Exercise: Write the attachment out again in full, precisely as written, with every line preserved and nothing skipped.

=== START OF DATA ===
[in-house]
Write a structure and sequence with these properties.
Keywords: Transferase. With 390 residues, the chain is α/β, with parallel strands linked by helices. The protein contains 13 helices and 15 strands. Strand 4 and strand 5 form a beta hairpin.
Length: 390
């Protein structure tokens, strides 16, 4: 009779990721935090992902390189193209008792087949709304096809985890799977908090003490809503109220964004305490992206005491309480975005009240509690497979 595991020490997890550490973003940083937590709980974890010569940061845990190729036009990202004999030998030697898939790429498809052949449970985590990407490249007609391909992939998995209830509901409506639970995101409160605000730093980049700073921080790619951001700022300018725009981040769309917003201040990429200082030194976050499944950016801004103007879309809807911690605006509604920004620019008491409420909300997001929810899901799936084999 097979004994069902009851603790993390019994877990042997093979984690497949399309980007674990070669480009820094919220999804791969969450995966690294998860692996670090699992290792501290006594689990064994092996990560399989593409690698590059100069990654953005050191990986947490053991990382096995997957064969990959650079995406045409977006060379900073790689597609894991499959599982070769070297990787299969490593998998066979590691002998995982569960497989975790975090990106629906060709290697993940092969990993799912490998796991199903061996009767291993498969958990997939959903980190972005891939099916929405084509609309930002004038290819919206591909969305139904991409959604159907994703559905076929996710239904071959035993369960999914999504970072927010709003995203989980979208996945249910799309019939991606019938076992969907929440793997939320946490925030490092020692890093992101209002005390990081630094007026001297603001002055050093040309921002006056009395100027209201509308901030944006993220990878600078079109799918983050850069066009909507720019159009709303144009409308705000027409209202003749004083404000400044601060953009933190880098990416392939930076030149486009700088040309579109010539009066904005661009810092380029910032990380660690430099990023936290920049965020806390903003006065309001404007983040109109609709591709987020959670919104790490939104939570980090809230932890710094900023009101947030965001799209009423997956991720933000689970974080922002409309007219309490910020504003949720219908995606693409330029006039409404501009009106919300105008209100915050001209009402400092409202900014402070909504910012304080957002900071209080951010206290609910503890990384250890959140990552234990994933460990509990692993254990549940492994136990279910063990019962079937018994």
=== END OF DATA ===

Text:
[in-house]
Write a structure and sequence with these properties.
Keywords: Transferase. With 390 residues, the chain is α/β, with parallel strands linked by helices. The protein contains 13 helices and 15 strands. Strand 4 and strand 5 form a beta hairpin.
Length: 390
């Protein structure tokens, strides 16, 4: 009779990721935090992902390189193209008792087949709304096809985890799977908090003490809503109220964004305490992206005491309480975005009240509690497979 595991020490997890550490973003940083937590709980974890010569940061845990190729036009990202004999030998030697898939790429498809052949449970985590990407490249007609391909992939998995209830509901409506639970995101409160605000730093980049700073921080790619951001700022300018725009981040769309917003201040990429200082030194976050499944950016801004103007879309809807911690605006509604920004620019008491409420909300997001929810899901799936084999 097979004994069902009851603790993390019994877990042997093979984690497949399309980007674990070669480009820094919220999804791969969450995966690294998860692996670090699992290792501290006594689990064994092996990560399989593409690698590059100069990654953005050191990986947490053991990382096995997957064969990959650079995406045409977006060379900073790689597609894991499959599982070769070297990787299969490593998998066979590691002998995982569960497989975790975090990106629906060709290697993940092969990993799912490998796991199903061996009767291993498969958990997939959903980190972005891939099916929405084509609309930002004038290819919206591909969305139904991409959604159907994703559905076929996710239904071959035993369960999914999504970072927010709003995203989980979208996945249910799309019939991606019938076992969907929440793997939320946490925030490092020692890093992101209002005390990081630094007026001297603001002055050093040309921002006056009395100027209201509308901030944006993220990878600078079109799918983050850069066009909507720019159009709303144009409308705000027409209202003749004083404000400044601060953009933190880098990416392939930076030149486009700088040309579109010539009066904005661009810092380029910032990380660690430099990023936290920049965020806390903003006065309001404007983040109109609709591709987020959670919104790490939104939570980090809230932890710094900023009101947030965001799209009423997956991720933000689970974080922002409309007219309490910020504003949720219908995606693409330029006039409404501009009106919300105008209100915050001209009402400092409202900014402070909504910012304080957002900071209080951010206290609910503890990384250890959140990552234990994933460990509990692993254990549940492994136990279910063990019962079937018994």